Scholar of art patronage and aesthetic taste; Oxford University professor. Haskell's father was the dance writer Arnold Haskell. Haskell attended Eton and then King's College, Cambridge, where he took a degree in History, studying under Nikolaus Bernard Leon Pevsner. Graduating in 1952 (receiving a "first" in History), he returned to his alma mater (1954) to teach. From 1962-1967 he was also the Librarian of Fine Arts Faculty. In 1963 he published the groundbreaking book Patrons and Painters, a broad and yet deeply researched book on art patronage of the baroque era. The effect of this book was to drive the discipline as a whole toward archival research. Haskell was called to Oxford University in 1967 to replace Edgar Wind. At Oxford, he changed research focus, examining the neglected (and disparaged) French academic art of the 19th century. The book he produced, the result of the Wrightsman lectures at New York University, became another seminal work in an ignored area. Rediscoveries in Art (1976) established Oxford's Art History Department as the center of French Salon study and Parisian art market criticism. A number of other books--always different from the last--followed. Taste and the Antique (1981), co-authored by Nicholas Penny, traces how taste was transformed by the discovery of classical sculpture in 18th-century gardens by travelers, and the concomitant development of museums. Haskell remained at Oxford until his retirement in 1995. A pronouncedly modest and retiring personality, his brilliant lecturing style was by most accounts assisted with the aid a shot of whiskey immediately before them. Penny described him as "one of the most original art historians of the 20th century," and Charles Hope as the "one of the most important of his time." His wife was the Russian art historian of Venetian art Larissa Salmina. A bibliophile of the scholarly tradition, he left a vast personal library upon his death. Methodologically, Haskell is an important example of the 'social history of art' approach without the overt Marxist framework of Frederick Antal or Arnold Hauser. He avoided connoiseurship and painting attribution, then a mainstay of academic art history. He chose to write monograph-length books on a single, broad topic. His approach, evidenced by his training in history, rests on written documents and other non-art evidence as much as it does on art.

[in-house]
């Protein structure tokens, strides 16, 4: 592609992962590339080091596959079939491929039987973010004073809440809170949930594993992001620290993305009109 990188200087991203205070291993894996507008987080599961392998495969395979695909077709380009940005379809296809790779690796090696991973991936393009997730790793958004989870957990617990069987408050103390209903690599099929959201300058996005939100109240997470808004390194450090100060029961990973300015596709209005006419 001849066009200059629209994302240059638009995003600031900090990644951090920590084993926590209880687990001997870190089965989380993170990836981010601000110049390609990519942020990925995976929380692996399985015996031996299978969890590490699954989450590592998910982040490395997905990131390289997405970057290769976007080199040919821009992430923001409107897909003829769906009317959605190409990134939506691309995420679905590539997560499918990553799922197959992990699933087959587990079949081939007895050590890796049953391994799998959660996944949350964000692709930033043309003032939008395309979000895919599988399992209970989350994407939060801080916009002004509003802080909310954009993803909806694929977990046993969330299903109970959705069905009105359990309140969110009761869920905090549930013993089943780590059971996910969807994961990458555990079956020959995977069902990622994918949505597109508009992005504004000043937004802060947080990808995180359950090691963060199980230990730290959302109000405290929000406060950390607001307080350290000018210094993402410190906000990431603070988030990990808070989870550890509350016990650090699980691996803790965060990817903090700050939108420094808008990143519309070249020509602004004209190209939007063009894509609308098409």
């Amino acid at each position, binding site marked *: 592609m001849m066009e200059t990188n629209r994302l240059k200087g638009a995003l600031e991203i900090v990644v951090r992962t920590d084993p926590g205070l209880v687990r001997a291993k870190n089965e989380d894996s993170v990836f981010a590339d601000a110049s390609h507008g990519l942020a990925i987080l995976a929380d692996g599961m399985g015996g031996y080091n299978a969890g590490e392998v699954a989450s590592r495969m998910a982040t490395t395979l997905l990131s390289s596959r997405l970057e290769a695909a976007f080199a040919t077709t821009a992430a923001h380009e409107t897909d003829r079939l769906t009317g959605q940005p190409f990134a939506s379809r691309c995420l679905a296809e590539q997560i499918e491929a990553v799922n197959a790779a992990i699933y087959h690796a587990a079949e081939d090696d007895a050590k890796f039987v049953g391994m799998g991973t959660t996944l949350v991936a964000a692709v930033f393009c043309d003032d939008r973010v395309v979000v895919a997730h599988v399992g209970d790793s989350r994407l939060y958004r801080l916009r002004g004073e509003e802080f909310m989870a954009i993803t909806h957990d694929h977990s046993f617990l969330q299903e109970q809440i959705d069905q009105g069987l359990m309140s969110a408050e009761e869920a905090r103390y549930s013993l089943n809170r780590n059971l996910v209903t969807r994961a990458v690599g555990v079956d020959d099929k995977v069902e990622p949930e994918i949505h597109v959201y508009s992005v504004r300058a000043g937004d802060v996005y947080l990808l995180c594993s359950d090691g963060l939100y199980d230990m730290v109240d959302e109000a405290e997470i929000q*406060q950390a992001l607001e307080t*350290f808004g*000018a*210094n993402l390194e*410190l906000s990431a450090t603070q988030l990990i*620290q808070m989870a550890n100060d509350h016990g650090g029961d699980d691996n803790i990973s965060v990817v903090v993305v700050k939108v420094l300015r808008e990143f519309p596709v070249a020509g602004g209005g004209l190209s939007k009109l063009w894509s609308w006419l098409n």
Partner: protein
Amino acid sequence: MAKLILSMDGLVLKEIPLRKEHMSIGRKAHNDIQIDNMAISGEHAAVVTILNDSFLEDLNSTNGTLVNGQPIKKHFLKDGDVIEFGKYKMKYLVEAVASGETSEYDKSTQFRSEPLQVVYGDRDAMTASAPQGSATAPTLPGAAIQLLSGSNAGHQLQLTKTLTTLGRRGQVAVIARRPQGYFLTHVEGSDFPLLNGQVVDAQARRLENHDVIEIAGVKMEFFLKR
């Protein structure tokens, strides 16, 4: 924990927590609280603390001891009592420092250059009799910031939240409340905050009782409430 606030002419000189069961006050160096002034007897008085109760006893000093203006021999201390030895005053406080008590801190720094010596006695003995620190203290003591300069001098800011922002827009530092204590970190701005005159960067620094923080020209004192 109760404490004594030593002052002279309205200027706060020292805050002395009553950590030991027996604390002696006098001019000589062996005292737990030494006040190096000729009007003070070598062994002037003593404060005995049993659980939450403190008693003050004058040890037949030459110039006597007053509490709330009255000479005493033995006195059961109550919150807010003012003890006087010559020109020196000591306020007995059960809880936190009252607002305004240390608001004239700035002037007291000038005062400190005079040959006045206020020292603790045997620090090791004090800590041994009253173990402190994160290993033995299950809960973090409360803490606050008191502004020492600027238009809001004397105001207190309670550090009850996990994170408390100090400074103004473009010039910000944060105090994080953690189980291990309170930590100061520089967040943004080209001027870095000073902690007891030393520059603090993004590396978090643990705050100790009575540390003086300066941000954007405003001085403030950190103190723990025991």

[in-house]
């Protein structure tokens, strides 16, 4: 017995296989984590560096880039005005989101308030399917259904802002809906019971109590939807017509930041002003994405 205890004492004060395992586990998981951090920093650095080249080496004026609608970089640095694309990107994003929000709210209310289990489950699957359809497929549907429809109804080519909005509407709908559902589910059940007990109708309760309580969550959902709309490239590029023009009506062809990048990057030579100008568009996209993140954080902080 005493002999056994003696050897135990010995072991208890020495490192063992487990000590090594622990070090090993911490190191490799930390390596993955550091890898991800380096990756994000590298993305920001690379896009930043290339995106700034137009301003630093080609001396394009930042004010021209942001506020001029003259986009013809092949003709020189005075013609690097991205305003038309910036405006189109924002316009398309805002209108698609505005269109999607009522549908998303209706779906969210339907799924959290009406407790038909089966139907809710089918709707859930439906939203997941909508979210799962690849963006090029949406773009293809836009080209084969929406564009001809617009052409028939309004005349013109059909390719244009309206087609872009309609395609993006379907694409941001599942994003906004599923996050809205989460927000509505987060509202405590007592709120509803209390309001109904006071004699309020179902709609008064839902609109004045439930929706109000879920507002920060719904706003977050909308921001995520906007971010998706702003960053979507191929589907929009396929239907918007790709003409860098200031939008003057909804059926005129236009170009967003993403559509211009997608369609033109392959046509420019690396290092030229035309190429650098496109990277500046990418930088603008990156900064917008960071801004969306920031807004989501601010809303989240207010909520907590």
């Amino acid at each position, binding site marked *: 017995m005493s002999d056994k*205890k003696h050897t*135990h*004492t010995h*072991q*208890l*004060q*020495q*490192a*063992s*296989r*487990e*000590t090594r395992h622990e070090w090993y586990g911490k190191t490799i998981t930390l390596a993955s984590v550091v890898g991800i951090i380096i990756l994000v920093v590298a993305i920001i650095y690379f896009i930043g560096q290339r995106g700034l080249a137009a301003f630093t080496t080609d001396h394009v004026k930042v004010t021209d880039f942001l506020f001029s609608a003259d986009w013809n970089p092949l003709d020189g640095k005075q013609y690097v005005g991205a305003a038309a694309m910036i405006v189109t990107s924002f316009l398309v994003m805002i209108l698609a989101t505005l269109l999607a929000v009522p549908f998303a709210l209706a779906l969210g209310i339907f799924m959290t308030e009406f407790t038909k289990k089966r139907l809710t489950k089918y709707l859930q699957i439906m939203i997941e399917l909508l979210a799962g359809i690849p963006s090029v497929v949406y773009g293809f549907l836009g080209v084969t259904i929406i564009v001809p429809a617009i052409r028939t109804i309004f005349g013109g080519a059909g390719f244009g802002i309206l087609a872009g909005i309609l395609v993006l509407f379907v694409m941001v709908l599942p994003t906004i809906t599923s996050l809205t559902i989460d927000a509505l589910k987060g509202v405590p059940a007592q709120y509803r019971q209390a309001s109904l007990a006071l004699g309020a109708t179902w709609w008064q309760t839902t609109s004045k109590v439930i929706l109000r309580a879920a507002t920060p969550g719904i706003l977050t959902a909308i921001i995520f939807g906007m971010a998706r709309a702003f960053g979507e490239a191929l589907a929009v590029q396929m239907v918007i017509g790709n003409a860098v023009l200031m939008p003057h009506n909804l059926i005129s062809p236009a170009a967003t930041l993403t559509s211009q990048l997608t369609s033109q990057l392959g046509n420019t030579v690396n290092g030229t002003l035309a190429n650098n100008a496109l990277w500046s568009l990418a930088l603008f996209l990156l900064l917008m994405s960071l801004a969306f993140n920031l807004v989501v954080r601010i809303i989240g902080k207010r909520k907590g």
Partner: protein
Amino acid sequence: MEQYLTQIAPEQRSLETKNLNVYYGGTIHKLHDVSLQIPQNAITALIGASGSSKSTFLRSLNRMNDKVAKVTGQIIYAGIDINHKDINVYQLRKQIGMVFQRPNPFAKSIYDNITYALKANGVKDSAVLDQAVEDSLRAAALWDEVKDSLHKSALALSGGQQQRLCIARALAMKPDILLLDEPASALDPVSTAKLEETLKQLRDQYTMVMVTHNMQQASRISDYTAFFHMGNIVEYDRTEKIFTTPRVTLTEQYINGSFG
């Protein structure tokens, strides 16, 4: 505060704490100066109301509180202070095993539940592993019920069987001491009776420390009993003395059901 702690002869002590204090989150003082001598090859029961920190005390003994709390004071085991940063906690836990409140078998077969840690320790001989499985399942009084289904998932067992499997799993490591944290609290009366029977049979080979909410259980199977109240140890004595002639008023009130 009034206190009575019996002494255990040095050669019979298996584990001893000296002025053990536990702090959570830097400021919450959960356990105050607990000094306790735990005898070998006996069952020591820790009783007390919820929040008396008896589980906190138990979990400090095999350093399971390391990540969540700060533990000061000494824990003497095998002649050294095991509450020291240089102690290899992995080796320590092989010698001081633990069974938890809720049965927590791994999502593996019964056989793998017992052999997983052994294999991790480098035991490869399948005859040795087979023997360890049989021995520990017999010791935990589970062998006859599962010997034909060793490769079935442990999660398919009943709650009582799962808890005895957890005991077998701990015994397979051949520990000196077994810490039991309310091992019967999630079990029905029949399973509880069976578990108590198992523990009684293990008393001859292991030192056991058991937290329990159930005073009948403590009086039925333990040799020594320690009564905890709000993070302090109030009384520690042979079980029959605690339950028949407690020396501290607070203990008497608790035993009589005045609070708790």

Patrons and Painters: A Study in the Relations between Italian Art and Society in the Age of the Baroque. New York: Alfred N. Knopf, 1963; Rediscoveries in Art: Some Aspects of Taste, Fashion and Collecting in England and France. Ithaca, NY: Cornell University Press, 1976; and Penny, Nicholas. Taste and the Antique: The Lure of Classical Sculpture, 1500-1900. New Haven: Yale University Press, 1981; History and its Images : Art and the Interpretation of the past. New Haven: Yale University Press, 1993; An Italian Patron of French Neo-Classic Art. Oxford, Clarendon Press, 1972; The Painful Birth of the Art Book. New York: Thames and Hudson, 1987; Past and Present in Art and Taste : Selected Essays. New Haven: Yale University Press, 1987; Saloni, gallerie, musei e loro influenza sullo sviluppo dell'arte dei secoli XIX e XX. Atti del XXIV Congresso internazionale di storia dell'arte (24th International Congress of the History of Art, 1979, Bologna) 7. Bologna: CLUEB, 1981.
KRG, 120 mentioned, 122; KMP, 83; The New York Times, January 29, 2000, Section B; p. 7; The Times (London), January 21, 2000; Penny, Nicholas. The Independent (London), January 20, 2000, Pg. 6; Hope, Charles. "On Francis Haskell" New York Review of Books 47, no. 3 (February 24, 2000): 7; [transcript] Francis Haskell. Interviews with Art Historians, 1991-2002. Getty Research Institute, Malibu, CA.